Low energy electron-impact study of AlO using the R-matrix method
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This comprehensive study reports the electron-impact on the open shell AlO molecule at low energy (less than 10 eV) using the R-matrix method. We present the elastic (integrated and differential), momentum-transfer, electronic excitation and ionisation cross sections; along with effective collision frequency over a wide electron temperature range (1000–100 000 K). Correlations via a configuration interaction technique are used to represent the target states. Calculations are performed in the static-exchange and 24-target states close-coupling approximation at the experimental bond length of 1.6178 Å. We have used different basis sets 6-311G*, double zeta, polarization (DZP), cc-pCVTZ to represent our target states. We have chosen the Gaussian Type Orbitals (GTOs) basis set DZP to represent the atomic orbitals which gave the best one-electron properties of the molecule. The calculated dipole moment (1.713 au), rotational constant (0.641399 cm-1) and the vertical excitation energies are in concurrence with the best available data. The continuum electron is also represented by GTOs and is placed at the center of mass of the molecule. Resonance analysis is carried out to assign the resonance parameters and the parentage of detected resonances by fitting the eigenphase sums to the Breit–Wigner profile. Our study has detected three core-excited shape resonances in the 24-state model. We detect a stable bound state of AlO- of 1 A 1 symmetry having configuration 1σ 2 … 7σ 21π 42π 4 with a vertical electronic affinity value of 2.59 eV which is in good accord with the experimental value of 2.6 ± (0.01) eV. The ionisation cross sections are calculated using the Binary-Encounter-Bethe Model in which Hartree–Fock molecular orbitals at self-consistent level are used to calculate kinetic and binding energies of the occupied molecular orbitals. We include partial waves up to g-wave beyond which Born closure method is employed to obtain converged cross sections.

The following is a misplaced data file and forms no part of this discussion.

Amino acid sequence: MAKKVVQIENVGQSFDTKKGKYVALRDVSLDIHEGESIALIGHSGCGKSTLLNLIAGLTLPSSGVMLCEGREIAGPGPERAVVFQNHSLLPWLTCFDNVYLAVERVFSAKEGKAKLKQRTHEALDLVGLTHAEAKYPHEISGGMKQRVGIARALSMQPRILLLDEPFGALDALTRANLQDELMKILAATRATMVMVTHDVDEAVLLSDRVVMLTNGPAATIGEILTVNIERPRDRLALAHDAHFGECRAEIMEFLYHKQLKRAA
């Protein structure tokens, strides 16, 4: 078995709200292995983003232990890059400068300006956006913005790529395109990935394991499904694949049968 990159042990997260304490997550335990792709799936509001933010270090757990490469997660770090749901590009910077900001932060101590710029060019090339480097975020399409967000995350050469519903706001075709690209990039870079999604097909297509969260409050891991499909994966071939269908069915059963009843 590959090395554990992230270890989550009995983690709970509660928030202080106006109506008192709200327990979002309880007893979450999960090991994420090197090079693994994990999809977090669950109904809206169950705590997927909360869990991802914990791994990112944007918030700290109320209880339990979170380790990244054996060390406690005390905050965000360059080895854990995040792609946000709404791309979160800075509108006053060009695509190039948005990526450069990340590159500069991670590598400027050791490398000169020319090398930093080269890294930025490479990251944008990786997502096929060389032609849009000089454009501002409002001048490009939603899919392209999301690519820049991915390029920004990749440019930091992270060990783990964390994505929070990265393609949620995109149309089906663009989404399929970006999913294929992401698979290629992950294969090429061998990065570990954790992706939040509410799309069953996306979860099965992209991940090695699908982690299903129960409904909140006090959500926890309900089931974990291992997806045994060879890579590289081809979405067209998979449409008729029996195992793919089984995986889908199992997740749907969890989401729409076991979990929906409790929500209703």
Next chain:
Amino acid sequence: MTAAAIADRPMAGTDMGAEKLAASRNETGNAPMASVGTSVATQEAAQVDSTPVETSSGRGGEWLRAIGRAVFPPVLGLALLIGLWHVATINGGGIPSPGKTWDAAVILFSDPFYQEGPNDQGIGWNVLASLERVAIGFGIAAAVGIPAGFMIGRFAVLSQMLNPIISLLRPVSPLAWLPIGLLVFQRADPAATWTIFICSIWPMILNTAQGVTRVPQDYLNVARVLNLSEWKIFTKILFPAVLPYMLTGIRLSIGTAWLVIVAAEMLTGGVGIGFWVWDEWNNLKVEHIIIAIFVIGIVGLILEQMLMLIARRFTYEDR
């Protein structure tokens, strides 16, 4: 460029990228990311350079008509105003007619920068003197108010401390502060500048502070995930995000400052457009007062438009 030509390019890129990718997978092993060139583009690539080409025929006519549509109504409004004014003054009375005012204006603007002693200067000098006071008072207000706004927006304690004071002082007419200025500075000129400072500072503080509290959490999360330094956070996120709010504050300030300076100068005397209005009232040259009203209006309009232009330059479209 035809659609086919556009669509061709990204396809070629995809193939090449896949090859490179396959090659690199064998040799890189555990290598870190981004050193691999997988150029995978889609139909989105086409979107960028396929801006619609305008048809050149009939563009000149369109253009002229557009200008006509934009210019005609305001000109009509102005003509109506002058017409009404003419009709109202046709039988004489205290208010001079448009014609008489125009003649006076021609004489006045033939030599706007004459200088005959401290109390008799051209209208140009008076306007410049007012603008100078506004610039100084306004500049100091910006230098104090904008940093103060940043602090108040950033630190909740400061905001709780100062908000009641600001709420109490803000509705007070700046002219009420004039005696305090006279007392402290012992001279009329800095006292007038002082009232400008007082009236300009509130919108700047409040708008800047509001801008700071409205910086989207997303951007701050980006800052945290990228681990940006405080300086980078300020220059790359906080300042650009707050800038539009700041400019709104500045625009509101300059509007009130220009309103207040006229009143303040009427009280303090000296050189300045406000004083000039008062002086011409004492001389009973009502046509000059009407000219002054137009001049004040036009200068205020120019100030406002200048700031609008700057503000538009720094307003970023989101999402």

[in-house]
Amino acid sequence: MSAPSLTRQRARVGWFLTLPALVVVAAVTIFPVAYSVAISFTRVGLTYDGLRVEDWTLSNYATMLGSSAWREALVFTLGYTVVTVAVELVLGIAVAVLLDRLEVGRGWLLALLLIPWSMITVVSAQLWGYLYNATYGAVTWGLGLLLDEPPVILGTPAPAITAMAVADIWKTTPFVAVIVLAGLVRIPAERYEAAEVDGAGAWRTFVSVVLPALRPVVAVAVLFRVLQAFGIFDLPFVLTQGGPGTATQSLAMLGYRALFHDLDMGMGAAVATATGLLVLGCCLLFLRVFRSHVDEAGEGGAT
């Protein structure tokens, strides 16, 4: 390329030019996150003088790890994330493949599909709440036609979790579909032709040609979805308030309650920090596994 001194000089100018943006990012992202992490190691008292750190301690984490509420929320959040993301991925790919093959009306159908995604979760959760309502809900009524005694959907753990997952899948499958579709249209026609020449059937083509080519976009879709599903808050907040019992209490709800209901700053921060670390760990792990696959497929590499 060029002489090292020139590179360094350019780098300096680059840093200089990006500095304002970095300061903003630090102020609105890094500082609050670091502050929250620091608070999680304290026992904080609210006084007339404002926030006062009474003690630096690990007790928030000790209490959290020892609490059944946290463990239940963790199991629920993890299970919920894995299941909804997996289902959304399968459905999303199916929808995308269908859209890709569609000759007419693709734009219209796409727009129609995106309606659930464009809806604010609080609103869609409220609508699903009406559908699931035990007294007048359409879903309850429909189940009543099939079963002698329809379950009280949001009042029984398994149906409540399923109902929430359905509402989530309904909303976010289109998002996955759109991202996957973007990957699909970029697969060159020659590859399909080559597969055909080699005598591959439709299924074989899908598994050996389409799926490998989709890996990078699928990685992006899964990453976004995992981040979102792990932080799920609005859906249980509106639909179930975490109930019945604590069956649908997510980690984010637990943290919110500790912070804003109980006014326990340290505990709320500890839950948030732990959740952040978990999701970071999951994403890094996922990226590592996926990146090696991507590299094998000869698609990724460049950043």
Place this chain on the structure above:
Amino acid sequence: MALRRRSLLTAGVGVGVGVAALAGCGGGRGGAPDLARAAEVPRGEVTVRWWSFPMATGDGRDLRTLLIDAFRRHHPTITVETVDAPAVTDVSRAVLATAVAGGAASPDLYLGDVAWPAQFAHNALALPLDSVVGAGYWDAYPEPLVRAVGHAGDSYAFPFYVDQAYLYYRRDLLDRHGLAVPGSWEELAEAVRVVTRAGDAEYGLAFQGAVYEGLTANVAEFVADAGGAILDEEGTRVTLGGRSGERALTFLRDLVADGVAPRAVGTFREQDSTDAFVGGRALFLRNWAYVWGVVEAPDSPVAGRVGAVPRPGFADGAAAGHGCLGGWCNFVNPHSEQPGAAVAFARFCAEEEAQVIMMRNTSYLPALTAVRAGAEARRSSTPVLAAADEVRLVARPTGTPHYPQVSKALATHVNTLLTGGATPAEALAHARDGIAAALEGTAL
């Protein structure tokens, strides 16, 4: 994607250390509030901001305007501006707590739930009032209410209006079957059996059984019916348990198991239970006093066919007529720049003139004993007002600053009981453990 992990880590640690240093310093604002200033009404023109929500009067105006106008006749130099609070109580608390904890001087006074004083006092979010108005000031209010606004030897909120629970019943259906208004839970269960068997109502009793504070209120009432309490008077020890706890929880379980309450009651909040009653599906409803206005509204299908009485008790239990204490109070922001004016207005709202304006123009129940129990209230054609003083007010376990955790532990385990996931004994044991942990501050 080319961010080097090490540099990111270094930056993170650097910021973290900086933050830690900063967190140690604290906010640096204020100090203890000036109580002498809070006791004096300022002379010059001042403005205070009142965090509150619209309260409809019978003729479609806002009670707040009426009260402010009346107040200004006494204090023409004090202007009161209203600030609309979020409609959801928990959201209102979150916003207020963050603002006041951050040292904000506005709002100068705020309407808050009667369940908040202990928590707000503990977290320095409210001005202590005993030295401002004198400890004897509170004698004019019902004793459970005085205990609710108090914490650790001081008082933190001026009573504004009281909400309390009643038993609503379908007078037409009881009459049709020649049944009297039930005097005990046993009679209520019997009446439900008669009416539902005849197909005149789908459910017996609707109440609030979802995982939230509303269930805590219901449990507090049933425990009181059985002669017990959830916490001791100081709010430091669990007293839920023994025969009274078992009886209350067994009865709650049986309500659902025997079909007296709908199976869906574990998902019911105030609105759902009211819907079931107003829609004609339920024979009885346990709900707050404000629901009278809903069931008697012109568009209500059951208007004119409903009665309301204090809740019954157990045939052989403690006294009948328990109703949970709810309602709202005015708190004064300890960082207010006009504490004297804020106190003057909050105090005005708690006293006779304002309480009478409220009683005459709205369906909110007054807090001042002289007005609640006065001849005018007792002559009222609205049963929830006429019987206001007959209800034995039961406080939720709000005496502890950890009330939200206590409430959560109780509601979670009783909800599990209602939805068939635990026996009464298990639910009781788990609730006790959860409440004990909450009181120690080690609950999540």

KeywordsAtomic and Molecular Collisions
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